With high-profile Amber Alerts making recent headlines across Tennessee and throughout the United States, the issue of Human Trafficking is one that requires our immediate attention. NATSO, a national trade association representing the travel plaza and truckstop industry, has partnered with the Department of Homeland Security’s (DHS) Blue Campaign to raise awareness and combat Human Trafficking.
M&W Transportation is committed to our community and to the safety of our children and vulnerable populations. Fighting human trafficking and teaching people about this devastating crime is especially important within the trucking and transportation community. Commercial drivers, truck stop employees, and travel plaza employees can work together to form an effective defense against human trafficking.
Facts About Human Trafficking
The US Government and the National Institute of Justice defines human trafficking as:
- Sex trafficking in which a commercial sex act is induced by force, fraud, or coercion, or in which the person induced to perform such act has not attained 18 years of age.
- The recruitment, harboring, transportation, provision, or obtaining of a person for labor or services, through the use of force, fraud, or coercion for the purpose of subjection to involuntary servitude, peonage, debt bondage, or slavery.
On its website, the Tennessee Bureau of Investigation notes that on average, in the US, a child is bought or sold for sex every two minutes and that the average age of victims is 13. Human trafficking is the second-fastest growing criminal industry, second only to drug trafficking.
In a 2011 report written in collaboration with Vanderbilt University, “Tennessee Human Sex Trafficking and its Impact on Children and Youth,” TBI Director noted that “The results of the study are shocking. Human trafficking and sex slavery in Tennessee is more common than previously believed possible…Tennessee, simply because of its geographical position to Atlanta and the large number of interstates that cross the state, is conducive to a traveling business.”
Local organizations like End Slavery Tennessee envision a “slave-free Tennessee” and offer services including training and education, advocacy, and prevention services throughout the area.
How the Travel Plaza and Truck Stop Industry is Helping to End Human Slavery
NATSO’s mission is to “advance the success of truckstop and travel plaza members by delivering solutions to members’ challenges and achieving the public policy goals of the truckstop and travel plaza industry.” Its partnership with the DHS is the organization’s most recent step towards providing solutions and supporting its members.
Like End Slavery Tennessee, NATSO offers online courses to help employees at travel plaza and truck stops better recognize and respond appropriately to potential cases of human trafficking.
In a recent article, The Trucker.com interviewed NATSO Foundation President Lisa Mullings and wrote that “This partnership marks the latest chapter in the NATSO Foundation’s multi-pronged anti-human trafficking initiative aimed at creating awareness and educating the truckstop and travel plaza industry to fight human trafficking along America’s Interstate Highway System.”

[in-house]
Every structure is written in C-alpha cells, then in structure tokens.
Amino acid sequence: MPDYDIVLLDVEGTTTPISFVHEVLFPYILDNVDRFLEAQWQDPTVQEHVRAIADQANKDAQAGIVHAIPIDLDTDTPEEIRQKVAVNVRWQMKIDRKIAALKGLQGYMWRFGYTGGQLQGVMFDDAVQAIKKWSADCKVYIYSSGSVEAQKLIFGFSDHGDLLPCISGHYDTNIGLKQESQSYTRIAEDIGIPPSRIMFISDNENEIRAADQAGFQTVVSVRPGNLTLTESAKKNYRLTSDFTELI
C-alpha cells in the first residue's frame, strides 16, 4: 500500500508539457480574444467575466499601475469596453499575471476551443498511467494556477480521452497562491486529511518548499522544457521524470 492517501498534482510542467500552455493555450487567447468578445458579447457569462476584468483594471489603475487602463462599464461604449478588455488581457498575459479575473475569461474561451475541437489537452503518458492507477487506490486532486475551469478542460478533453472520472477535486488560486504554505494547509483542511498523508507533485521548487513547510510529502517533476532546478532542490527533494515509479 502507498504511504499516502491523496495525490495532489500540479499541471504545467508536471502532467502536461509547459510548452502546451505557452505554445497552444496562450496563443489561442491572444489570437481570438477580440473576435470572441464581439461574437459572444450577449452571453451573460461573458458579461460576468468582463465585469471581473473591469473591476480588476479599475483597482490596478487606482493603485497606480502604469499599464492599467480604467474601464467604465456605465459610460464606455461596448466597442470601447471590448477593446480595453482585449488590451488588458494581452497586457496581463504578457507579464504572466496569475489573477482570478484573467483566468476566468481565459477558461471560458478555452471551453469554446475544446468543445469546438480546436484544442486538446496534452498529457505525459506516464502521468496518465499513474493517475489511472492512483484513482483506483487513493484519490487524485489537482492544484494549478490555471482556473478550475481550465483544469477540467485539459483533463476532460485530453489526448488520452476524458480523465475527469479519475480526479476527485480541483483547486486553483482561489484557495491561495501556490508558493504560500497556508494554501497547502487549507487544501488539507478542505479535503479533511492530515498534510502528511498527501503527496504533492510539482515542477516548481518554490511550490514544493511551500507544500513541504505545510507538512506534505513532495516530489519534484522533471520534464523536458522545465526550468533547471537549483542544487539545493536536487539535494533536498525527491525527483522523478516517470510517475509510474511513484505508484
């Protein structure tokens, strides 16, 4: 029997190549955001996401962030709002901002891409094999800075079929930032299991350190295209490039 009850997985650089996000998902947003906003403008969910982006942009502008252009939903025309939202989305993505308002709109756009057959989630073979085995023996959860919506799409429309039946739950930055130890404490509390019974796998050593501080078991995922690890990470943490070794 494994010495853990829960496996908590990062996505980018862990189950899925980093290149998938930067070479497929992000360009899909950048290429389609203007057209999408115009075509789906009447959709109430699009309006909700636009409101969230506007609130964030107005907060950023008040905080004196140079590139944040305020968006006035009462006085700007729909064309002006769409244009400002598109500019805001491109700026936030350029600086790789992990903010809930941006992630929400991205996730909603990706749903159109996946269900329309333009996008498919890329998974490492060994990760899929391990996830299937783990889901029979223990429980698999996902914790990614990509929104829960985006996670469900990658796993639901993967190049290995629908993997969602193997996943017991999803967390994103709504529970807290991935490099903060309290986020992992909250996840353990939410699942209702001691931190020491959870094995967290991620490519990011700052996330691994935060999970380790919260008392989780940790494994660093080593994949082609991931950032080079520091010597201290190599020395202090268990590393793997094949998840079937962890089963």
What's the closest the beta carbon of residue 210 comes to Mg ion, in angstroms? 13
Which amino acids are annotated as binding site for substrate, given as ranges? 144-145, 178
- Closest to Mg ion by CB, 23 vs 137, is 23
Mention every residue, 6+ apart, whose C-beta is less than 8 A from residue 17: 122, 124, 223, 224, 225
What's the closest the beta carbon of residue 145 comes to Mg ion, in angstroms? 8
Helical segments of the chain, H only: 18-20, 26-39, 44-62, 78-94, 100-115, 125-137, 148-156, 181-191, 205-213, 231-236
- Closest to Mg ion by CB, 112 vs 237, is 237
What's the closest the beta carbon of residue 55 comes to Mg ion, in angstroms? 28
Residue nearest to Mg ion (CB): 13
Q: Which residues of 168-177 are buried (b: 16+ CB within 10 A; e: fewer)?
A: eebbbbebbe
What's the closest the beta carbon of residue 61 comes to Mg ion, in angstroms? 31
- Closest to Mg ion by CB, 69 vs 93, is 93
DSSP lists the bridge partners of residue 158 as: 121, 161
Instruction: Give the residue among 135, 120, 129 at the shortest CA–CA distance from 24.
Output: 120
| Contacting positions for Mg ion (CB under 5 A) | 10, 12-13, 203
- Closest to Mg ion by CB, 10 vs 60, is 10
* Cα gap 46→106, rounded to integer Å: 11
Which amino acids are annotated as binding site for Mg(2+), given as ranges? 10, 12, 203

Ms. Mullings was quoted in the article, saying, “As an industry that caters to millions of travelers every year, truckstops and travel plazas and their employees are in a key position to help identify and stop human trafficking along America’s highway system. Sadly, human trafficking has been reported across all modes of transportation and in many legitimate businesses that unknowingly are used for this illicit activity. Truckstops and travel plazas are effectively creating the equivalent of a Neighborhood Watch program so that our industry is equipped to help if we encounter a victim of this horrible crime.”
The NATSO Foundation in 2016 launched an online course titled “The Role of Truckstops in Combating Human Trafficking” to help truckstops and travel plazas train their staff in recognizing and responding to suspected incidents of human trafficking. The course is available on the NATSO Foundation’s website free of charge so that any member of the truckstop and travel plaza industry can leverage this educational resource. The course can be accessed at www.natso.com/onlinelearning.
Indicators of Human Trafficking
DHS encourages individuals to be aware of the key indicators of human trafficking. Awareness is the first step in identifying potential victims. Here are a few of the key indicators to look for, as identified by the DHS:
- Is the person disoriented or confused, or showing signs of mental or physical abuse?
- Does the person have bruises in various stages of healing?
- Is the person fearful, timid, or submissive?
- Does the person show signs of having been denied food, water, sleep, or medical care?
- Is the person often in the company of someone to whom he or she defers? Or someone who seems to be in control of the situation, e.g., where they go or who they talk to?
- Does the person appear to be coached on what to say?
- Does the person have freedom of movement?
To join a team of caring transportation professionals, contact M&W Transportation.
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